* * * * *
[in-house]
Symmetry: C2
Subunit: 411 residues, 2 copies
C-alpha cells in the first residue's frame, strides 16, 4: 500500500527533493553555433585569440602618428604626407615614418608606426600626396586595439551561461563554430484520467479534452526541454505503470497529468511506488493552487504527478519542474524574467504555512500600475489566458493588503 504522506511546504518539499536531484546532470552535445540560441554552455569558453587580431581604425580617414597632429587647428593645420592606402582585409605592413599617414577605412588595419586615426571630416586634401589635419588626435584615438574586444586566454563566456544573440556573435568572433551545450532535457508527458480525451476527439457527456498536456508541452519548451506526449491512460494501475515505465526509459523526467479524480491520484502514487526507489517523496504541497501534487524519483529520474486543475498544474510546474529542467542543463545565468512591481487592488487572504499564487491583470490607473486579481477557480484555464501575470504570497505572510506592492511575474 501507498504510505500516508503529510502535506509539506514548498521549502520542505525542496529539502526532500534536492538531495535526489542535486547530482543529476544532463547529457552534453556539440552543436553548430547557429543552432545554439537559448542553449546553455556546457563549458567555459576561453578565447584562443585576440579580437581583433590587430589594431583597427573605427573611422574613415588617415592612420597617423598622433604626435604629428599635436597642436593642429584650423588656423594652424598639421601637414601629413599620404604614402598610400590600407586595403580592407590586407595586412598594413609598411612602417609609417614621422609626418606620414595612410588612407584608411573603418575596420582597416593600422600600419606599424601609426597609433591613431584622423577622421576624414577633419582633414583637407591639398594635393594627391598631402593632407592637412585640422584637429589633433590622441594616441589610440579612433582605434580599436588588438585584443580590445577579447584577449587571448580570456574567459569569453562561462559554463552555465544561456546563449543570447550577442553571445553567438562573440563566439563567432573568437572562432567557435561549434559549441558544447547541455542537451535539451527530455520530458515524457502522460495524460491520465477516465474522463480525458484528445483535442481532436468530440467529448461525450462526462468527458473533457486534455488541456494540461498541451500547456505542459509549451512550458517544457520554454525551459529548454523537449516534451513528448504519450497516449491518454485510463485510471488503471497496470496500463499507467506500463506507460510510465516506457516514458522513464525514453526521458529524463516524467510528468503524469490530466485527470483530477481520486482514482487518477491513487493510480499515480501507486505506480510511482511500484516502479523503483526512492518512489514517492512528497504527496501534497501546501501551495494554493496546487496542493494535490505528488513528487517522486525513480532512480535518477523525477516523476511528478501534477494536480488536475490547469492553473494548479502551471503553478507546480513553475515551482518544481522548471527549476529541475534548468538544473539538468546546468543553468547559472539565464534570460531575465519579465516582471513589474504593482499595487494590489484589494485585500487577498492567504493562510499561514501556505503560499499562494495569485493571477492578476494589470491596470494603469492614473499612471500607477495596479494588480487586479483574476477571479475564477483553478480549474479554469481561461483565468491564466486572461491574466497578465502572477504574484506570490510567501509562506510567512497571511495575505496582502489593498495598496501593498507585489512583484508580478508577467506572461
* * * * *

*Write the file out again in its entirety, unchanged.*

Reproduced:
[in-house]
Symmetry: C2
Subunit: 411 residues, 2 copies
C-alpha cells in the first residue's frame, strides 16, 4: 500500500527533493553555433585569440602618428604626407615614418608606426600626396586595439551561461563554430484520467479534452526541454505503470497529468511506488493552487504527478519542474524574467504555512500600475489566458493588503 504522506511546504518539499536531484546532470552535445540560441554552455569558453587580431581604425580617414597632429587647428593645420592606402582585409605592413599617414577605412588595419586615426571630416586634401589635419588626435584615438574586444586566454563566456544573440556573435568572433551545450532535457508527458480525451476527439457527456498536456508541452519548451506526449491512460494501475515505465526509459523526467479524480491520484502514487526507489517523496504541497501534487524519483529520474486543475498544474510546474529542467542543463545565468512591481487592488487572504499564487491583470490607473486579481477557480484555464501575470504570497505572510506592492511575474 501507498504510505500516508503529510502535506509539506514548498521549502520542505525542496529539502526532500534536492538531495535526489542535486547530482543529476544532463547529457552534453556539440552543436553548430547557429543552432545554439537559448542553449546553455556546457563549458567555459576561453578565447584562443585576440579580437581583433590587430589594431583597427573605427573611422574613415588617415592612420597617423598622433604626435604629428599635436597642436593642429584650423588656423594652424598639421601637414601629413599620404604614402598610400590600407586595403580592407590586407595586412598594413609598411612602417609609417614621422609626418606620414595612410588612407584608411573603418575596420582597416593600422600600419606599424601609426597609433591613431584622423577622421576624414577633419582633414583637407591639398594635393594627391598631402593632407592637412585640422584637429589633433590622441594616441589610440579612433582605434580599436588588438585584443580590445577579447584577449587571448580570456574567459569569453562561462559554463552555465544561456546563449543570447550577442553571445553567438562573440563566439563567432573568437572562432567557435561549434559549441558544447547541455542537451535539451527530455520530458515524457502522460495524460491520465477516465474522463480525458484528445483535442481532436468530440467529448461525450462526462468527458473533457486534455488541456494540461498541451500547456505542459509549451512550458517544457520554454525551459529548454523537449516534451513528448504519450497516449491518454485510463485510471488503471497496470496500463499507467506500463506507460510510465516506457516514458522513464525514453526521458529524463516524467510528468503524469490530466485527470483530477481520486482514482487518477491513487493510480499515480501507486505506480510511482511500484516502479523503483526512492518512489514517492512528497504527496501534497501546501501551495494554493496546487496542493494535490505528488513528487517522486525513480532512480535518477523525477516523476511528478501534477494536480488536475490547469492553473494548479502551471503553478507546480513553475515551482518544481522548471527549476529541475534548468538544473539538468546546468543553468547559472539565464534570460531575465519579465516582471513589474504593482499595487494590489484589494485585500487577498492567504493562510499561514501556505503560499499562494495569485493571477492578476494589470491596470494603469492614473499612471500607477495596479494588480487586479483574476477571479475564477483553478480549474479554469481561461483565468491564466486572461491574466497578465502572477504574484506570490510567501509562506510567512497571511495575505496582502489593498495598496501593498507585489512583484508580478508577467506572461